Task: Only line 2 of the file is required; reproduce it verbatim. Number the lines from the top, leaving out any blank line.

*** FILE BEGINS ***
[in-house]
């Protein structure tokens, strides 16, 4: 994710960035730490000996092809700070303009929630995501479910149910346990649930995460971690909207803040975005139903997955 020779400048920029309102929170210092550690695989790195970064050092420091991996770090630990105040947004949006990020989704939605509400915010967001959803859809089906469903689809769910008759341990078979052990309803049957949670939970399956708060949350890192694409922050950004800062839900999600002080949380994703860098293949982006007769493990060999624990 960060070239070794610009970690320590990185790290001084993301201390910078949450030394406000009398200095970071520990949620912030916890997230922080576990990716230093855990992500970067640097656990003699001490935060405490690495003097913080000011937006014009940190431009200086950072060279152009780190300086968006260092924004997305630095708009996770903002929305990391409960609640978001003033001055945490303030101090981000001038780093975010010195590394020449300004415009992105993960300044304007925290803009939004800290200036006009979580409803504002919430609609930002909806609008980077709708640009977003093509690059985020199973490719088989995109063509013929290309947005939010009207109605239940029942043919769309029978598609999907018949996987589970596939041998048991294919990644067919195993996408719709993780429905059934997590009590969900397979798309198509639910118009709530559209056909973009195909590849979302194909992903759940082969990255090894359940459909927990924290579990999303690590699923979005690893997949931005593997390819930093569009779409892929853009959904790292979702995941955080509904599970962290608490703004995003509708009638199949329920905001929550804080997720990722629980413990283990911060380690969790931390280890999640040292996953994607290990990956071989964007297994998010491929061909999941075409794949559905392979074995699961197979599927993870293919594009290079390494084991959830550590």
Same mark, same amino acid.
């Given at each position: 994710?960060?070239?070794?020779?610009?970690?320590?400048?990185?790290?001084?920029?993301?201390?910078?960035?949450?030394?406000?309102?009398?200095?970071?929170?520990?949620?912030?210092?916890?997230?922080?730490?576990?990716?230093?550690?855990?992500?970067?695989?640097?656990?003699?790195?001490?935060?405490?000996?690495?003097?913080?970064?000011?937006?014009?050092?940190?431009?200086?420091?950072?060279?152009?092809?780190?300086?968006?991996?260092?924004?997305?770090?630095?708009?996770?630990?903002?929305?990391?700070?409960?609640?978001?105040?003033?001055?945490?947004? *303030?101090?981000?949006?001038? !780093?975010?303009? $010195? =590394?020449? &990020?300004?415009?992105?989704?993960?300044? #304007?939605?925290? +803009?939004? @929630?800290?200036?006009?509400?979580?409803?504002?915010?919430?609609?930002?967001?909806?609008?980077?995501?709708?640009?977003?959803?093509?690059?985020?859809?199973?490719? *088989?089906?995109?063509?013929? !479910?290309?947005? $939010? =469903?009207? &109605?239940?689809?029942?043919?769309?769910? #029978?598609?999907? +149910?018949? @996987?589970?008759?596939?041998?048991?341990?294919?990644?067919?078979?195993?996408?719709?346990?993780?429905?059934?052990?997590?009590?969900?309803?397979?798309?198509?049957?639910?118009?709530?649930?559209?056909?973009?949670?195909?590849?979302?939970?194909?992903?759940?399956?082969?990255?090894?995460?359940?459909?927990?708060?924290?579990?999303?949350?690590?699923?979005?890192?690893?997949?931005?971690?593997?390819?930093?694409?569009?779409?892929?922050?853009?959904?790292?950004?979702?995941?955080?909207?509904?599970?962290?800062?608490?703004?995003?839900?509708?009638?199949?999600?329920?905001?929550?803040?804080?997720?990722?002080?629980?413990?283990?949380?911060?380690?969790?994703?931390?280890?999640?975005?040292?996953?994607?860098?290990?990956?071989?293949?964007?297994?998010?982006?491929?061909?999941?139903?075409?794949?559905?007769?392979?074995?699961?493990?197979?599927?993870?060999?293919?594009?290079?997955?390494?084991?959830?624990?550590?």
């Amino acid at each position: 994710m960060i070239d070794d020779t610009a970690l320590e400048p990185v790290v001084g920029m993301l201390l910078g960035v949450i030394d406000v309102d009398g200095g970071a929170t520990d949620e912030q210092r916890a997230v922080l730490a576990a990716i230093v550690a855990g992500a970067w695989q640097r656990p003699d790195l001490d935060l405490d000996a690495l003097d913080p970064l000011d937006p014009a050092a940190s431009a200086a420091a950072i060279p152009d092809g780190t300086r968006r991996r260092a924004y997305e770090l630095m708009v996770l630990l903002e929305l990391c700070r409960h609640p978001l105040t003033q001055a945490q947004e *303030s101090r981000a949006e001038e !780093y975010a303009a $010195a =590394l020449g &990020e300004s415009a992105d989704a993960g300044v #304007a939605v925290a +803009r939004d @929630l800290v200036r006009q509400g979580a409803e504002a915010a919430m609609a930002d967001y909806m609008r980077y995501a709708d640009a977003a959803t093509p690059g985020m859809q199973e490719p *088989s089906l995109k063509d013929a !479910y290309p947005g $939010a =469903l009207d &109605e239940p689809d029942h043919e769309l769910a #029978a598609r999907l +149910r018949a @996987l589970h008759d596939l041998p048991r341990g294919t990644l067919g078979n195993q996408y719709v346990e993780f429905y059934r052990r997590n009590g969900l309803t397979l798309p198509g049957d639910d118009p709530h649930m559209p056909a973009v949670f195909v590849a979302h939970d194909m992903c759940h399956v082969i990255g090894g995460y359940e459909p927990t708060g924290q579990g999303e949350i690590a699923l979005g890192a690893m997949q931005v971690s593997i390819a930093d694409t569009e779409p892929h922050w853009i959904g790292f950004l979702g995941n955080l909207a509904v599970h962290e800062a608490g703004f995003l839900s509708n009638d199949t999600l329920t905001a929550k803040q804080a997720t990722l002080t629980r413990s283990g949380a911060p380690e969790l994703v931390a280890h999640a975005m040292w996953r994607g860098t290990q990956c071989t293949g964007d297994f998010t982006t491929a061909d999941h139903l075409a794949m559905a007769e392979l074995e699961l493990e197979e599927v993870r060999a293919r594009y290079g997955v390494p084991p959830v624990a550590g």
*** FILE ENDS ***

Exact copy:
């Protein structure tokens, strides 16, 4: 994710960035730490000996092809700070303009929630995501479910149910346990649930995460971690909207803040975005139903997955 020779400048920029309102929170210092550690695989790195970064050092420091991996770090630990105040947004949006990020989704939605509400915010967001959803859809089906469903689809769910008759341990078979052990309803049957949670939970399956708060949350890192694409922050950004800062839900999600002080949380994703860098293949982006007769493990060999624990 960060070239070794610009970690320590990185790290001084993301201390910078949450030394406000009398200095970071520990949620912030916890997230922080576990990716230093855990992500970067640097656990003699001490935060405490690495003097913080000011937006014009940190431009200086950072060279152009780190300086968006260092924004997305630095708009996770903002929305990391409960609640978001003033001055945490303030101090981000001038780093975010010195590394020449300004415009992105993960300044304007925290803009939004800290200036006009979580409803504002919430609609930002909806609008980077709708640009977003093509690059985020199973490719088989995109063509013929290309947005939010009207109605239940029942043919769309029978598609999907018949996987589970596939041998048991294919990644067919195993996408719709993780429905059934997590009590969900397979798309198509639910118009709530559209056909973009195909590849979302194909992903759940082969990255090894359940459909927990924290579990999303690590699923979005690893997949931005593997390819930093569009779409892929853009959904790292979702995941955080509904599970962290608490703004995003509708009638199949329920905001929550804080997720990722629980413990283990911060380690969790931390280890999640040292996953994607290990990956071989964007297994998010491929061909999941075409794949559905392979074995699961197979599927993870293919594009290079390494084991959830550590």